Superare l’implementation gap: il lavoro flessibile in 20 aziende statunitensi

Author/s Frederick Van Deusen
Publishing Year 2013 Issue 2013/2 Language Italian
Pages 31 P. 11-41 File size 375 KB
DOI 10.3280/SP2013-002002
DOI is like a bar code for intellectual property: to have more infomation click here

Below, you can see the article first page

If you want to buy this article in PDF format, you can do it, following the instructions to buy download credits

Article preview

FrancoAngeli is member of Publishers International Linking Association, Inc (PILA), a not-for-profit association which run the CrossRef service enabling links to and from online scholarly content.

Since 1990, the Boston College Center for Work & Family has been working with organizational leaders around a shared interest in creating effective workplaces where employees feel successful in their work and their nonwork lives. Over that time, numerous programs, policies, and initiatives for flexible work arrangements (FWAs) have been rolled out with much fanfare and optimism. Indeed, many benefits accrued for organizations at the forefront of this movement, such as improved recruiting and retention, and employee engagement and satisfaction. For a while, it looked as if the utilization rate of these policies was increasing year by year. Recently, however, the use of these policies has stabilized or even declined. From academic and corporate research, we have learned that these flexible work arrangement programs are available but not widely used, some would say, not usable. There is much unevenness in the extent to which these flexibility programs are meeting the needs of employees or businesses. It has been suggested that there are missing links in the process between setting up a program for working flexibly and making it work, which Lewis and Haas have labeled the "implementation gap". This report represents what we hope will be the first of many efforts to fill that gap. Rather than focusing on why these programs are not working to the desired extent, our focus is on what makes some of these programs very successful. Here we present in detail an array of exemplary programs from leading companies along with insights, recommendations, and strategies believed to be responsible for their success.

Keywords: Flexible Work Arrangement; Implementation Gap; Work-Family Conflict, Flexibiliy, Business Case

  1. Almer, E.D. e Kaplan, S.E. 2002 The Effects of Flexible Work Arrangements on Stressors, Burnout, and Behavior Job Outcomes in Public Accounting, in «Behavioral Research in Accounting», 14, pp. 1-34.
  2. Appelbaum, E. e Golden, L. 2003 The Standard Workday or the Highway: Employers Stall in Delivery of More Flexible Arrangements That Can Help Relieve Workers’ Time Squeeze, Washington, D.C., The Center for Designing Work Wisely.
  3. Attridge, M.
  4. 2005 The Business Case for the Integration of Employee Assistance, Work-Life and Wellness Services: A Literature Review, in «Journal of Workplace Behavioral Health», 20, pp. 31-55.
  5. Bailyn, L., Fletcher, J.K. e & Kolb, D.
  6. 1997 Unexpected Connections: Considering Employees’ Personal Lives Can Revitalize Your Business, in «Sloan Management Review», 38, pp. 11-19.
  7. Blair-Loy, M. e Wharton, A.S. 2004 Organizational Commitment and Constraints on Work-Family Policy Use: Corporate Flexibility Policies in a Global Firm, in «Sociological Perspectives» 47, pp. 243-267.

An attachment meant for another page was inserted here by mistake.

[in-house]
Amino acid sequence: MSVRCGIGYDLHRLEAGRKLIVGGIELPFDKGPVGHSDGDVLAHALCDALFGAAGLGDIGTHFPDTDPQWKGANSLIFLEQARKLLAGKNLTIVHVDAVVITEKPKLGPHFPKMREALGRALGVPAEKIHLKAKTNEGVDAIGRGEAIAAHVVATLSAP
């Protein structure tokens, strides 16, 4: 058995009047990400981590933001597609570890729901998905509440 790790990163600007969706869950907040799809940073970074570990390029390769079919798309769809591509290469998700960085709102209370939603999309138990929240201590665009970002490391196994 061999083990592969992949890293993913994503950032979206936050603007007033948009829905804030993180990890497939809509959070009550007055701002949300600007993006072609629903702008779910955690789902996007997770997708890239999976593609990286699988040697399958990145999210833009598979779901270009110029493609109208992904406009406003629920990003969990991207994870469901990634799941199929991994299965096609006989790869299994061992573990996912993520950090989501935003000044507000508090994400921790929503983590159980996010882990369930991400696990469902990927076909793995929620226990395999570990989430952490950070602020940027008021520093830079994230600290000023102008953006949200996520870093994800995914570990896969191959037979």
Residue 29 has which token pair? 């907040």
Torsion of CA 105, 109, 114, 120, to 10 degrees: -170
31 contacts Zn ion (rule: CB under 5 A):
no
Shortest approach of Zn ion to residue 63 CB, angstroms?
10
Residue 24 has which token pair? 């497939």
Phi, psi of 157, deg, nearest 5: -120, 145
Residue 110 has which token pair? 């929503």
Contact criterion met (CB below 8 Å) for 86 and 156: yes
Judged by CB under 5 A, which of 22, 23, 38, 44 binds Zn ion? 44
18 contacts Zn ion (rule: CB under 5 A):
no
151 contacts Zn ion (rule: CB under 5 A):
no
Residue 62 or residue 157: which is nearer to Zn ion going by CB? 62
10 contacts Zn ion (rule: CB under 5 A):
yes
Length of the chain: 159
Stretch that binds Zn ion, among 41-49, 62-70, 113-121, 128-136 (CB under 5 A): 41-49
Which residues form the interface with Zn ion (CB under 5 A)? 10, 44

8. Bloom, N., Kretschmer, T. e Van Reenen, J. 2006 Work-Life Balance, Management Practices and Productivity, in «CEP Discussion Papers 16», LSE, Centre for Economic Performance.
  9. Bond, J.T., Galinsky, E., Kim, S.S. e Brownfield, E. 2005 National Study of Employers: Highlights of Findings, New York, Families and Work Institute.
  10. Bond, J.T., Thompson, C., Galinsky, E. e Prottas, D. 2002 National Study of the Changing Workforce, New York, Families and Work Institute.
  11. Boston College Center for Work & Family 2002 Bringing Work Home: The Advantages and Challenges of Telecommuting, Report by E. Hamilton, Boston College, Chestnut Hill, MA.
  12. BPW Foundation 2004 101 Facts on the Status of Working Women, Business and Professional Women/USA and the BPW Foundation, Washington, D.C.
  13. Bravo, E. 2005 Quality Part-Time Options in Wisconsin. A Report to the 9 to 5 National Association of Working Women, Retrieved May 15, 2007, in
  14. Bureau of Labor Statistics 2002 Work at Home in 2001, in
  15. Burud, S. e Tumulo, M. 2004 Leveraging the New Human Capital: Adaptive Strategies, Results Achieved and Stories of Transformation, New York, Davies-Black.
  16. Christensen, K. 2006 Leadership in Action: A Work and Family Agenda for the Future, in M. Pitt-Catsouphes, E.E. Kossek e S. Sweet (eds), The Work and Family Handbook. Mahwah, New Jersey, Lawrence Erlbaum Associates.
  17. Cohen, J.R. e Single, L.E. 2001 An Examination of the Perceived Impact of Flexible Work Arrangements on Professional Opportunities in Public Accounting, in «Journal of Business Ethics», August, 2001.
  18. Comfort, D., Johnson, K. e Wallace, D. 2003 The Evolving Workplace Series. Part-Time Work and Family-Friendly Practices in Canadian Workplaces, in
  19. Compensation & Benefits for Law Offices 2006 Job-Sharing Advice for Law Offices, Institute of Management & Administration, 6(10), pp. 2-3.
  20. Corporate Voices for Working Families 2005 Business Impacts of Flexibility: An Imperative for Expansion, WFD Consulting Research. A Corporate Voices for Working Families Report, November, 2005.
  21. Corwin, V., Frost, P.J. e Lawrence, T.B. 2001 Five Strategies of Successful Part-Time Work, in «Harvard Business Review», 79 (7), pp. 121-128.
  22. CultureRx